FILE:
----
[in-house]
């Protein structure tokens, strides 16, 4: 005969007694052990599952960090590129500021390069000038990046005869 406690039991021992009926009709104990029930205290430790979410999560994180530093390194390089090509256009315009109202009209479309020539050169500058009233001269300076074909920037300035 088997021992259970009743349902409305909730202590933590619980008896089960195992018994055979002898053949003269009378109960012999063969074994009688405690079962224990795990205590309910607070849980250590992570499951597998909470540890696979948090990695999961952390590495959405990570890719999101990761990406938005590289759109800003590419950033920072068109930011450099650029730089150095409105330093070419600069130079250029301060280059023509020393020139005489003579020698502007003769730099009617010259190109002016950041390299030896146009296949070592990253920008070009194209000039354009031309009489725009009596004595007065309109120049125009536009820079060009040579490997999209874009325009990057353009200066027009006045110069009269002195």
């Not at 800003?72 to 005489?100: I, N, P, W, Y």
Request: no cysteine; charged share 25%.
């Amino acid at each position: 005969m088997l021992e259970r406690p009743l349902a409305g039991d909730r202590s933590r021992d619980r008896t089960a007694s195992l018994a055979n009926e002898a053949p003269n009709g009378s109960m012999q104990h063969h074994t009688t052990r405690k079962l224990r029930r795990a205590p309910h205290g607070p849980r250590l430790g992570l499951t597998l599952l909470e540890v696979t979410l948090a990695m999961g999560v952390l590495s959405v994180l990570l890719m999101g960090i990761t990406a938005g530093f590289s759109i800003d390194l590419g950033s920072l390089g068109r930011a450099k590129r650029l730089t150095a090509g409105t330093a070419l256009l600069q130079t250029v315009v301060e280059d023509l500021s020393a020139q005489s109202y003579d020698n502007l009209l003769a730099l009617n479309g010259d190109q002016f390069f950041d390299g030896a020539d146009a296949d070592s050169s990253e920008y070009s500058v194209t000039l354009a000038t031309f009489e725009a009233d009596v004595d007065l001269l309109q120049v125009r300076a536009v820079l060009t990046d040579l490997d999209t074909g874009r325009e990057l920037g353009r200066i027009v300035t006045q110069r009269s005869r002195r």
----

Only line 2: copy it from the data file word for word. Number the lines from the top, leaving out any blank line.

């Protein structure tokens, strides 16, 4: 005969007694052990599952960090590129500021390069000038990046005869 406690039991021992009926009709104990029930205290430790979410999560994180530093390194390089090509256009315009109202009209479309020539050169500058009233001269300076074909920037300035 088997021992259970009743349902409305909730202590933590619980008896089960195992018994055979002898053949003269009378109960012999063969074994009688405690079962224990795990205590309910607070849980250590992570499951597998909470540890696979948090990695999961952390590495959405990570890719999101990761990406938005590289759109800003590419950033920072068109930011450099650029730089150095409105330093070419600069130079250029301060280059023509020393020139005489003579020698502007003769730099009617010259190109002016950041390299030896146009296949070592990253920008070009194209000039354009031309009489725009009596004595007065309109120049125009536009820079060009040579490997999209874009325009990057353009200066027009006045110069009269002195």